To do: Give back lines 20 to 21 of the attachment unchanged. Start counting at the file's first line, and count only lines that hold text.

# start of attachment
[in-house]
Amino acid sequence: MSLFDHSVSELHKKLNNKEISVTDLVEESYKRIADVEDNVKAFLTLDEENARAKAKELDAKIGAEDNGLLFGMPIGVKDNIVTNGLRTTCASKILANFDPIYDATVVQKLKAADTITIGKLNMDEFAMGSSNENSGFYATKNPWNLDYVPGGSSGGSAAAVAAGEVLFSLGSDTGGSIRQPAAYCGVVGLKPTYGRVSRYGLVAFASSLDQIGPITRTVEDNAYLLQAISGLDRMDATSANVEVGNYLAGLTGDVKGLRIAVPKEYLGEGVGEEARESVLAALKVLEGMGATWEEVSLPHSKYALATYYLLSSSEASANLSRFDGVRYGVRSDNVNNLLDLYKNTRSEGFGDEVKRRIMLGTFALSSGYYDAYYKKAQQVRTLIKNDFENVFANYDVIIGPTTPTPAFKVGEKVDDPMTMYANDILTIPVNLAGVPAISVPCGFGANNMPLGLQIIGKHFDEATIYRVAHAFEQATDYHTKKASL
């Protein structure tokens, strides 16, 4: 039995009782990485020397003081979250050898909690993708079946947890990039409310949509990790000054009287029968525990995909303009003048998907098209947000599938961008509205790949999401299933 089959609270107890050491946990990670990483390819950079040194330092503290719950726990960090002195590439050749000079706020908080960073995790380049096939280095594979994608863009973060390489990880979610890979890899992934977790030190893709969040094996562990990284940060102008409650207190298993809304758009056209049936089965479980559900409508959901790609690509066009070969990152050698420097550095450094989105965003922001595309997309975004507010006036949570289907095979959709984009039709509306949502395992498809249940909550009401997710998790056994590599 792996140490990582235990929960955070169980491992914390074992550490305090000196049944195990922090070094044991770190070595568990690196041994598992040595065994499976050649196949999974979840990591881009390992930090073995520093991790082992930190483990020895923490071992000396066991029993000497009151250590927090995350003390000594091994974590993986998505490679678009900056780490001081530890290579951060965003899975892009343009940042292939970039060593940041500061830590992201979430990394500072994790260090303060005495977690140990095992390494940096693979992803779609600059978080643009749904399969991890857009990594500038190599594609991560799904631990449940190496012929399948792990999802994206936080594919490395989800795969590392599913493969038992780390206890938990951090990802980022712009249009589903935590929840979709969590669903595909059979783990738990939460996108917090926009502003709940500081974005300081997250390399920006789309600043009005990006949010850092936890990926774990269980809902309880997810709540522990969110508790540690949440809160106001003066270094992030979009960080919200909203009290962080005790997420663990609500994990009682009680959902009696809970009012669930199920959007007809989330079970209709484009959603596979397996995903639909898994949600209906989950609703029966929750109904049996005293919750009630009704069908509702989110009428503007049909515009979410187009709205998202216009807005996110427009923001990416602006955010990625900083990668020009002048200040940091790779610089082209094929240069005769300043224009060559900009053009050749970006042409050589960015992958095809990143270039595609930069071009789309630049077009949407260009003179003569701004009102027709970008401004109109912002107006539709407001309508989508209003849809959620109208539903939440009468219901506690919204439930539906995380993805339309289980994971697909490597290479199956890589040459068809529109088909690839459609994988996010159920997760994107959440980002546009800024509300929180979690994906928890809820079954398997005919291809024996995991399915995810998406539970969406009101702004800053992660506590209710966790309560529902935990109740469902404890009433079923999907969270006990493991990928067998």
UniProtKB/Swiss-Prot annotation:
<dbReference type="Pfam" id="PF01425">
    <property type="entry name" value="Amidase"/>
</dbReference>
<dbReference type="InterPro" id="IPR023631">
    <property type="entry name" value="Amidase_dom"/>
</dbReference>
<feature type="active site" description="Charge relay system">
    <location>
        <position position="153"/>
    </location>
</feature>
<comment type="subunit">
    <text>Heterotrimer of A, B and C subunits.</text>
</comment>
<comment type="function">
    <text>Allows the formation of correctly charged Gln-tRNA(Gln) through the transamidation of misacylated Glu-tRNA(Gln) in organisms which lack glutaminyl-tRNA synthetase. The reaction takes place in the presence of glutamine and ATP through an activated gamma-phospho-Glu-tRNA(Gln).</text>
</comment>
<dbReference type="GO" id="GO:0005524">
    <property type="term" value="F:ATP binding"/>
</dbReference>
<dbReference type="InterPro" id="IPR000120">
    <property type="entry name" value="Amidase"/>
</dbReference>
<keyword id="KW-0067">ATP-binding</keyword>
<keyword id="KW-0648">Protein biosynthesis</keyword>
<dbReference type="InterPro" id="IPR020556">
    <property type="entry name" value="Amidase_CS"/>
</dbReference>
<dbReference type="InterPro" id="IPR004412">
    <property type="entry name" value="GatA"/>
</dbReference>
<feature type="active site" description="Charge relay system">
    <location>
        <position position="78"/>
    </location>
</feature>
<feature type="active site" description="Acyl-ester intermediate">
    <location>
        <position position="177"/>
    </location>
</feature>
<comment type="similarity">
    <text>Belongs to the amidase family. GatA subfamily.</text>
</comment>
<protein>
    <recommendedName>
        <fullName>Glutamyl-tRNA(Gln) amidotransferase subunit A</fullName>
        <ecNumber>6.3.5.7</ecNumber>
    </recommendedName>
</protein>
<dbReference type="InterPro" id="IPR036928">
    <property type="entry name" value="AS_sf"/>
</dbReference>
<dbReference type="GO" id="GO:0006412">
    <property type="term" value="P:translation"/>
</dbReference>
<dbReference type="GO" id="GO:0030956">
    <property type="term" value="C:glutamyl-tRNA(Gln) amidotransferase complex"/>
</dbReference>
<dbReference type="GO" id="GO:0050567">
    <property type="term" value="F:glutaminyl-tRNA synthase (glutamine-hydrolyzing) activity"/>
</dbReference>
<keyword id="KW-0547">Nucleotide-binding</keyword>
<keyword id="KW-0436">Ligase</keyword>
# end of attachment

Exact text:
    <text>Allows the formation of correctly charged Gln-tRNA(Gln) through the transamidation of misacylated Glu-tRNA(Gln) in organisms which lack glutaminyl-tRNA synthetase. The reaction takes place in the presence of glutamine and ATP through an activated gamma-phospho-Glu-tRNA(Gln).</text>
</comment>